To Criticize the Critic

What use does criticism serve, if any? I’m thinking here of the reviews of books, movies, or music, whether the smallest notices in newspapers on up to book-length studies.

Do some of us genuinely enjoy a good suggestion? Have we found a handful of voices that we trust, that feel like a friend, and so we’re likely to see or hear or read something they recommend—or avoid what they don’t?

Is it simply comforting to read entire generations of scholars intelligently discussing a favorite writer or painter or musician of ours? (I am especially partial to this.)

Do some of us love a good fight, and like to see a talented writer dissect and destroy a movie or a book with obvious relish?

Is there just no other civilized way to find out what’s happening, what’s new, other than to have someone pretend they’re objective and write about it? Because haven’t we all seen something like the review, say, of a few books on the Eastern Front in World War Two, only to slowly realize that what should be a review is actually just some writer’s summary of that time period, or it’s just about the writer himself?

I imagine it’s a combination of all of these, and more, but it doesn’t go much further than that. We can never forget that none of it is objective or final, and it does a disservice to art to ever pretend that someone has found a key to it. Even the best criticism is just what we read or write in between actually experiencing or creating new works of art.

Harold Bloom can claim all he wants that literary criticism “is the modern version of wisdom literature”—but, as he is a critic and not a poet or novelist, of course that’s what he would say. Somewhere the critic George Steiner admits that if essayists like himself possessed even an inkling of what Dostoevsky or Shakespeare did, they would be trying to write novels and poetry, not dissecting them. That’s probably closer to the truth, and it puts me in mind of Emily Dickinson’s famous quote: “If I read a book and it makes my whole body so cold no fire can warm me I know that is poetry. If I feel physically as if the top of my head were taken off, I know that is poetry.”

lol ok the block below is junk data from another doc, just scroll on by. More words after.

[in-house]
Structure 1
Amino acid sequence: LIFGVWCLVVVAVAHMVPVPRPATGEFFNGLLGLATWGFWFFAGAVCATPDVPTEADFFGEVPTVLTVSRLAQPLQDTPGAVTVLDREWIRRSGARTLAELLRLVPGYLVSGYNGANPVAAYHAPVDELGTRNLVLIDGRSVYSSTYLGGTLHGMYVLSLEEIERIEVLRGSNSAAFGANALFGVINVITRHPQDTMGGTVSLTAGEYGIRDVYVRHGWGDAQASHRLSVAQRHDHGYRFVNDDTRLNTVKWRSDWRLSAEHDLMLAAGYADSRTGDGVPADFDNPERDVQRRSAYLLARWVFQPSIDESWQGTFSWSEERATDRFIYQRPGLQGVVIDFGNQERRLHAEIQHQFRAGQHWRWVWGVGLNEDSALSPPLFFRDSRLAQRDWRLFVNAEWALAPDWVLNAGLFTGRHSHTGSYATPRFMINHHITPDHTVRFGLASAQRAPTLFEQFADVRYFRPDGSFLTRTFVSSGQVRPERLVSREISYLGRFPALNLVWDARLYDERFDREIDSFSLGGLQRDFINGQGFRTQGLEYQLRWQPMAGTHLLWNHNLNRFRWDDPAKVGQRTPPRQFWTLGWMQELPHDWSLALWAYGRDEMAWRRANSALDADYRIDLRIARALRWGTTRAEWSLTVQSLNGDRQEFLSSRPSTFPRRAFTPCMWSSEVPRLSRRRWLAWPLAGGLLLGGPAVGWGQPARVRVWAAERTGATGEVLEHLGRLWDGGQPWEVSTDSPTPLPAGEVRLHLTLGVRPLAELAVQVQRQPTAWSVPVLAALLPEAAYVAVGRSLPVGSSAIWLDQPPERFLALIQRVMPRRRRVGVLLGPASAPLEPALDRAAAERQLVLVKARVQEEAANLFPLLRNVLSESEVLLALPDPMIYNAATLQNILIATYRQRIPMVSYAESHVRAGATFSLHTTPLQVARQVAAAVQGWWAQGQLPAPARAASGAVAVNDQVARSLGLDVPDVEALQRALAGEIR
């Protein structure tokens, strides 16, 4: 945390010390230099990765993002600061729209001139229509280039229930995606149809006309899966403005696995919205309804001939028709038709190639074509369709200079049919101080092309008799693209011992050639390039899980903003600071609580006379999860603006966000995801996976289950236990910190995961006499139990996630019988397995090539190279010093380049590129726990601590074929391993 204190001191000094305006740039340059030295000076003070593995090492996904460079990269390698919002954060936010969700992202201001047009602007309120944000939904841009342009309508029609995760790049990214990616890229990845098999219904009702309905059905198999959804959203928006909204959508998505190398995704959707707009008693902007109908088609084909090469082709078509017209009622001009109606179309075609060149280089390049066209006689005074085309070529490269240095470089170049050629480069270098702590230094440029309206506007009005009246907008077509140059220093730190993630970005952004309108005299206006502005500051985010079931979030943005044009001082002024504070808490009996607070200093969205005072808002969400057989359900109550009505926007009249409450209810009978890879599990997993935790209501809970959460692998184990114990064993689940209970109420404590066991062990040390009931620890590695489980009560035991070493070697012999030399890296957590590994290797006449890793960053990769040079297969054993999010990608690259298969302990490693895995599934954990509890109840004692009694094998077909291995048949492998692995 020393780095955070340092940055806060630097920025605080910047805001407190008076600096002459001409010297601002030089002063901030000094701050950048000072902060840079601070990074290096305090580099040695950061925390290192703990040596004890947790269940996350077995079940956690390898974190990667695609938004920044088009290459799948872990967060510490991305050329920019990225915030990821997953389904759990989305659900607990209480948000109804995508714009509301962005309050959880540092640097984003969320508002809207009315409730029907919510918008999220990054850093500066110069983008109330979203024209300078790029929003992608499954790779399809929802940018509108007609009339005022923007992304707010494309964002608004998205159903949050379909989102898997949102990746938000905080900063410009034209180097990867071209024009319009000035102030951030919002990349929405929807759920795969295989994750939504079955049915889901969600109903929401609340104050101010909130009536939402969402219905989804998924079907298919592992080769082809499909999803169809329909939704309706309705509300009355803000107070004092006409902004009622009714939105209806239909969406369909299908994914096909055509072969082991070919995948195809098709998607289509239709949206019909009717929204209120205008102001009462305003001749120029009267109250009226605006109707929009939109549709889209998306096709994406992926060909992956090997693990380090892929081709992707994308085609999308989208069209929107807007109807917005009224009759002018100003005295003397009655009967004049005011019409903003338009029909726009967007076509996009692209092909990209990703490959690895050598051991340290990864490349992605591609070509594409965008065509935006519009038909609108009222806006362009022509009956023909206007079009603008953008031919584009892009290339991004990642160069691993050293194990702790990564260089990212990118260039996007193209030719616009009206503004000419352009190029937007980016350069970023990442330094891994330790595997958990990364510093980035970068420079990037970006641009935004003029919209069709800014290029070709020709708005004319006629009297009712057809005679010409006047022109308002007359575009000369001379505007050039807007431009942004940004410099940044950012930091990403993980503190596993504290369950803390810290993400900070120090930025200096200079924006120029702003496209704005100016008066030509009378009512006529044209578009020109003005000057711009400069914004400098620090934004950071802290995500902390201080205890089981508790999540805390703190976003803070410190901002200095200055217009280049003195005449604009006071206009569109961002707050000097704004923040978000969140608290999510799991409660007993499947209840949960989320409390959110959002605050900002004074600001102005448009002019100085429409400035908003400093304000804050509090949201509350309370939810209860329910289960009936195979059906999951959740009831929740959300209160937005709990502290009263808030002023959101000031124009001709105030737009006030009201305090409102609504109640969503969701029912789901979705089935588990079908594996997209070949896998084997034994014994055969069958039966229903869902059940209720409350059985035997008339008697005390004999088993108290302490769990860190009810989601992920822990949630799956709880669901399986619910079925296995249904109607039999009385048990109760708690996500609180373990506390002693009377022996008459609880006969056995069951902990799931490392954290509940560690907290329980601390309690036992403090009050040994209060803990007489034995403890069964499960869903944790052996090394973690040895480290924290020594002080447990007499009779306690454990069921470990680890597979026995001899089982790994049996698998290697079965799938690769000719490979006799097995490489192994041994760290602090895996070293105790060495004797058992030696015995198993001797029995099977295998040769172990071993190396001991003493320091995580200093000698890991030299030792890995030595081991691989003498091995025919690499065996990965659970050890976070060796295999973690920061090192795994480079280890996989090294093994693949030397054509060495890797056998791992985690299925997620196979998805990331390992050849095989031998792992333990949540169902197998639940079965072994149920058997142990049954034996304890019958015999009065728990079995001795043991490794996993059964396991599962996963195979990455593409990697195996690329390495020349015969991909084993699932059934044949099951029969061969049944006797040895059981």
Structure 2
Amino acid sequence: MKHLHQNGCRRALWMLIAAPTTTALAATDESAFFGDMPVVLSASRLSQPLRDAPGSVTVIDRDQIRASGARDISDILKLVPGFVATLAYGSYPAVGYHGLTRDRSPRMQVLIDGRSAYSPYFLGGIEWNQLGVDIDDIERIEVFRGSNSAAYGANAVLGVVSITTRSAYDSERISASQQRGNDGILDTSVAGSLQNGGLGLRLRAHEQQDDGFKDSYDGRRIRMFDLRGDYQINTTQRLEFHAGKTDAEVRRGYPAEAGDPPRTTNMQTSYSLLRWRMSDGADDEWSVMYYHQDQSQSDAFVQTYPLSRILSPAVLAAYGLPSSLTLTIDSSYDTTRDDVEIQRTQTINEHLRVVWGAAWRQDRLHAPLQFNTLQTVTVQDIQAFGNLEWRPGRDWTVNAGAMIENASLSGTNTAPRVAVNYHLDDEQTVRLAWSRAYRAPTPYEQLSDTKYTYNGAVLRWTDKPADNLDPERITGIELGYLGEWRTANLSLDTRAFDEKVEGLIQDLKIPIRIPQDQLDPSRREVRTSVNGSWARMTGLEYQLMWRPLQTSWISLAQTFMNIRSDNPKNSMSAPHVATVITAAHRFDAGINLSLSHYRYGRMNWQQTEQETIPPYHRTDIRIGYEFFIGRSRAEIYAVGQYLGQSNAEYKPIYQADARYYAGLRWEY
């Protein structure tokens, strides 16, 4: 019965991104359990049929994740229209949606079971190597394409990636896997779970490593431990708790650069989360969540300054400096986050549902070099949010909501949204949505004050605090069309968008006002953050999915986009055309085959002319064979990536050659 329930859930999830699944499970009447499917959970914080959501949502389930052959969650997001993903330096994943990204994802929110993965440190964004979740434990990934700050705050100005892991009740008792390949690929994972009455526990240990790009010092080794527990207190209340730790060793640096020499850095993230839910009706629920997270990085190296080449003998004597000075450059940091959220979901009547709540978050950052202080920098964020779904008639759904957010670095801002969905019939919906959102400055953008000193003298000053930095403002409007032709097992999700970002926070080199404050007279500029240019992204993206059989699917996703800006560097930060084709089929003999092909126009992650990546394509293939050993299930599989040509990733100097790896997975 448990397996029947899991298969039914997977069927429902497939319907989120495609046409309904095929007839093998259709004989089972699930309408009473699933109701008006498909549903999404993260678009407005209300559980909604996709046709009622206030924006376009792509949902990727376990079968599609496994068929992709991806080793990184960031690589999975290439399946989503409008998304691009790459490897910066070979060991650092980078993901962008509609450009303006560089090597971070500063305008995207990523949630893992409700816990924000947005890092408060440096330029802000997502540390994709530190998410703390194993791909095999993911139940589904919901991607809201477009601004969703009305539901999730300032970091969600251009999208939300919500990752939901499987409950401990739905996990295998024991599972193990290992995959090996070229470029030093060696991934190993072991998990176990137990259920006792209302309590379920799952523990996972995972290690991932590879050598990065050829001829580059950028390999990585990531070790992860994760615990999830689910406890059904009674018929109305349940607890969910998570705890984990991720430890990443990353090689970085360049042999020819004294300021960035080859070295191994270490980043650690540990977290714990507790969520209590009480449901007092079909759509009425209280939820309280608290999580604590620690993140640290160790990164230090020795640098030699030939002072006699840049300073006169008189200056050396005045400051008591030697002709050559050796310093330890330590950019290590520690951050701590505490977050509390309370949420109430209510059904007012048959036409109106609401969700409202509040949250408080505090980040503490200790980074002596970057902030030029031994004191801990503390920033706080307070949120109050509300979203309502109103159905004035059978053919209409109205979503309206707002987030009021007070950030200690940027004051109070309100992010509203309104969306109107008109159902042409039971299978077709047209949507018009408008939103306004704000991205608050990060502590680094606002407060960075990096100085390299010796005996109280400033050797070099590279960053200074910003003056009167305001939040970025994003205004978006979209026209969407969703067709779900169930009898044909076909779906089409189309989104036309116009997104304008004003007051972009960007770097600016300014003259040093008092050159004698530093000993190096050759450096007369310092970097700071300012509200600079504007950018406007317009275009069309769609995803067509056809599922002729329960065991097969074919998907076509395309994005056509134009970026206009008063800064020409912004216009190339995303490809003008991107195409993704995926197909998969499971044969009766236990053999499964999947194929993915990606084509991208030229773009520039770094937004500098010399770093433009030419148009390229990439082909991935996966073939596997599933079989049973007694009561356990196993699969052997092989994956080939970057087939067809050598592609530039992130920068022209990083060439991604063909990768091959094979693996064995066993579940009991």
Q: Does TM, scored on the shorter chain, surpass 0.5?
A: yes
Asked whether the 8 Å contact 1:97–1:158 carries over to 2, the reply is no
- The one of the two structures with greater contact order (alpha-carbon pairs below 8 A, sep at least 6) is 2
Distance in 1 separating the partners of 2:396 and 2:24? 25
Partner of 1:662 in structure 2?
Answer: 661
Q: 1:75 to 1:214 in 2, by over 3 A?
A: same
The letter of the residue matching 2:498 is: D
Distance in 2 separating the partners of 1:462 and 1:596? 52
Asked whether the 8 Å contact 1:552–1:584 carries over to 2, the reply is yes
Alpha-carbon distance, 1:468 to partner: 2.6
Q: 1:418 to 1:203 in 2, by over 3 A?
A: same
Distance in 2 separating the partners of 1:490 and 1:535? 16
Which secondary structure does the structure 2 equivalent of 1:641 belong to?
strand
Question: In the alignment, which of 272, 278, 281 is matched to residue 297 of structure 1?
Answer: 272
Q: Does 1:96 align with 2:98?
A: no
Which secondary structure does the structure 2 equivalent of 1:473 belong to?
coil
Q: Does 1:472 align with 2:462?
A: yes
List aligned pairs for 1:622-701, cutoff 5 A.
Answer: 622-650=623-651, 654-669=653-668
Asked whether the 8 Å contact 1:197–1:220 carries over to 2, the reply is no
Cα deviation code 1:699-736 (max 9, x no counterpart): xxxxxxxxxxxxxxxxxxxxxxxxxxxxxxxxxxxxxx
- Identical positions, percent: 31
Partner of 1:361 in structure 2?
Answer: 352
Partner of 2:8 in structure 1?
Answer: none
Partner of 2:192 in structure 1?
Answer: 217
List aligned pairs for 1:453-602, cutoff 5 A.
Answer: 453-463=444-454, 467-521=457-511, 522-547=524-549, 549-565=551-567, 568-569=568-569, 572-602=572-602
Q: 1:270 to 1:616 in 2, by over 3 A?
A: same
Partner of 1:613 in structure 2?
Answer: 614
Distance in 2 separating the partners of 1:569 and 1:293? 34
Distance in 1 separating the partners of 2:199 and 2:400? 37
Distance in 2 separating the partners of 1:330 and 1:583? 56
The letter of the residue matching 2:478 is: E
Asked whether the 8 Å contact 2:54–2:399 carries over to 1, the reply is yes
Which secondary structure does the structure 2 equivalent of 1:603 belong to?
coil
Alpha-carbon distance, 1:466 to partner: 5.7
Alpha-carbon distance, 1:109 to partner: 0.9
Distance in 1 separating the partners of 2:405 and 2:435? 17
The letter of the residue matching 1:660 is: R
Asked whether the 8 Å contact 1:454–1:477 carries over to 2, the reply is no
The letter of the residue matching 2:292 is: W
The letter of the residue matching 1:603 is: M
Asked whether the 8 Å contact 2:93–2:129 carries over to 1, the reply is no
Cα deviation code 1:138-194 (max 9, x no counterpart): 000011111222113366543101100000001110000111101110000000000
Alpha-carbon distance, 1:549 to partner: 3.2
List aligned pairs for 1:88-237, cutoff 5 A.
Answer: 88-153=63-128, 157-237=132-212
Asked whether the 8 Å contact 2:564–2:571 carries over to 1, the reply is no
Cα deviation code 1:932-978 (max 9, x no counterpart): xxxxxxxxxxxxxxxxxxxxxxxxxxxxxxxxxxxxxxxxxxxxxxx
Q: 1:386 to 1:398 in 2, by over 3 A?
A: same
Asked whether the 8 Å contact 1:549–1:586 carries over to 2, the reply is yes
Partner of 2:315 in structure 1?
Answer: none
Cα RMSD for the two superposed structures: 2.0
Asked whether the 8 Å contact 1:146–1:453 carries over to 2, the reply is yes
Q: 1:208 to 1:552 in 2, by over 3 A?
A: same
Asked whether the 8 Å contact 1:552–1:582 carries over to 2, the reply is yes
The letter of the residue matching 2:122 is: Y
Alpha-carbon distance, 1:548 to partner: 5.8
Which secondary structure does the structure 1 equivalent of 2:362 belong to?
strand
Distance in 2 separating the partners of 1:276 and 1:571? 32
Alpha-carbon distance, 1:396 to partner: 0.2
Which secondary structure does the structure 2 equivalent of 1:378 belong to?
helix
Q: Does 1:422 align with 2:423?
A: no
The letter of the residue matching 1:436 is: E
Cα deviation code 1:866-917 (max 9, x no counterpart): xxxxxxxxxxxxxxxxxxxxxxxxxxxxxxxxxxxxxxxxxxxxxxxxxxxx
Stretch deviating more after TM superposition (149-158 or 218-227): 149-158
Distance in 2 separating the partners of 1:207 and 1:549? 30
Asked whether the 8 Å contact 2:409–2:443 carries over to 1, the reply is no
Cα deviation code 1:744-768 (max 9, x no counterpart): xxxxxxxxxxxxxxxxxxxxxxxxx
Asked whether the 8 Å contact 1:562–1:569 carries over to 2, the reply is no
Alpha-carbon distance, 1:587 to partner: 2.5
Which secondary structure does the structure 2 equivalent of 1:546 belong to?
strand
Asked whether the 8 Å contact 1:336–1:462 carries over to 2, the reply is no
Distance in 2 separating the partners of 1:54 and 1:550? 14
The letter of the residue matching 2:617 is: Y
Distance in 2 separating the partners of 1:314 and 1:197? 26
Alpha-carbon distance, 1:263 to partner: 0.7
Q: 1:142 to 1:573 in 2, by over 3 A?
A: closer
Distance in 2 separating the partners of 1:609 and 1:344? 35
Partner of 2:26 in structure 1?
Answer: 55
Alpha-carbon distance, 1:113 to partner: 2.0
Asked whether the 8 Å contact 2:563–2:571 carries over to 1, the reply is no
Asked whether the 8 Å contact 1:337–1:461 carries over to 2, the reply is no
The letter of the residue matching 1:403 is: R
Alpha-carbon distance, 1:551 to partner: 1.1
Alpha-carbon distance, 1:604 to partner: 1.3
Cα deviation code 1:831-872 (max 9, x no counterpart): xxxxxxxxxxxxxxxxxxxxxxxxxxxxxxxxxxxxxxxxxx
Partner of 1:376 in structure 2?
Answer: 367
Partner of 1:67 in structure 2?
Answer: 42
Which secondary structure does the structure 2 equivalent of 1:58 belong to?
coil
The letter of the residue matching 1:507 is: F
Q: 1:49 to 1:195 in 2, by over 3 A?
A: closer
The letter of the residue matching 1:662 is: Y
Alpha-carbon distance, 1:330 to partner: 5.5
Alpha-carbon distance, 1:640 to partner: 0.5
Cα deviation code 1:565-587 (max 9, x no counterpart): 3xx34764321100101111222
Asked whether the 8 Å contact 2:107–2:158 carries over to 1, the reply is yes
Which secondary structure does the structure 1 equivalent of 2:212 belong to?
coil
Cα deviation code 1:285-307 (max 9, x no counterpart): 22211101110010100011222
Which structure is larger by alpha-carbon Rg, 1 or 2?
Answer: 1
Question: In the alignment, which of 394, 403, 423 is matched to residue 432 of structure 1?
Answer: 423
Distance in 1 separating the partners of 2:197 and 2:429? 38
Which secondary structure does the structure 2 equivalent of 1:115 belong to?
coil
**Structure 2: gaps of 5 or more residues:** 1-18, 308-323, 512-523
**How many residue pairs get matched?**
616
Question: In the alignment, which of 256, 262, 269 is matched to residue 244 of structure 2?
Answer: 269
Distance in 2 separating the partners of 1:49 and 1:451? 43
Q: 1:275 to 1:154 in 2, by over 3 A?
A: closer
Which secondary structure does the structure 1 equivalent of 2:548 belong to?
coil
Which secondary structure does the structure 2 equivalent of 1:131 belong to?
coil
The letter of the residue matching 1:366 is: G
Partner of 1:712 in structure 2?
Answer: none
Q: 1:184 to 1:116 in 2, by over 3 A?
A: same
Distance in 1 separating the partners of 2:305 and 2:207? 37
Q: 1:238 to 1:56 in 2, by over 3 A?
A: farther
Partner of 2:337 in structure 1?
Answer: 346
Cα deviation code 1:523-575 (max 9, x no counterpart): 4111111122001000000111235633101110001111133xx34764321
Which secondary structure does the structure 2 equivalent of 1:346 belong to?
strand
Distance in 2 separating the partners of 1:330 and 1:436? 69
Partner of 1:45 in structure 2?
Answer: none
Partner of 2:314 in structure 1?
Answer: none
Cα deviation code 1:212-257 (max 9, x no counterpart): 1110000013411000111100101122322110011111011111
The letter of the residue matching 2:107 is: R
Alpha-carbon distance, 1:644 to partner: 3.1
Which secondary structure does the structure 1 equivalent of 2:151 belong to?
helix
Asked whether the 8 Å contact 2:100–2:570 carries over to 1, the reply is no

Even the professional critic would have to admit that the experience of art is to be immensely preferred over any discussion of it. But it’s like televised sports: as much as the fans and the players would prefer to live in the euphoria of that experience, the actual game can only go on for so long. And so, before and during and after the game (and for years and years later), there are the commentators, as learned as any Talmudic scholar, parsing numbers and averages, weather patterns and venues, players and predictions and the relation of all of it to the deep history of the sport itself.

The same holds true, I think, for religions, which all have various theologies and histories that are a way of holding space, a kind of thumb or forefinger keeping the page, in between the kinds of experiences which criticism, explanation, history, and classification cannot touch.

Let’s just try to remember this, as we go along: what we call criticism is actually just a convenient or civilizing way of trying to hold fire in our hands, it’s a way of having manners, of talking about what is beyond words. Yet the comfort of classification or debate must never blind us to the reason we’re there in the first place, the frightening revelation of what we cannot control or understand but which nevertheless gives all our lives meaning: the actual experience of art.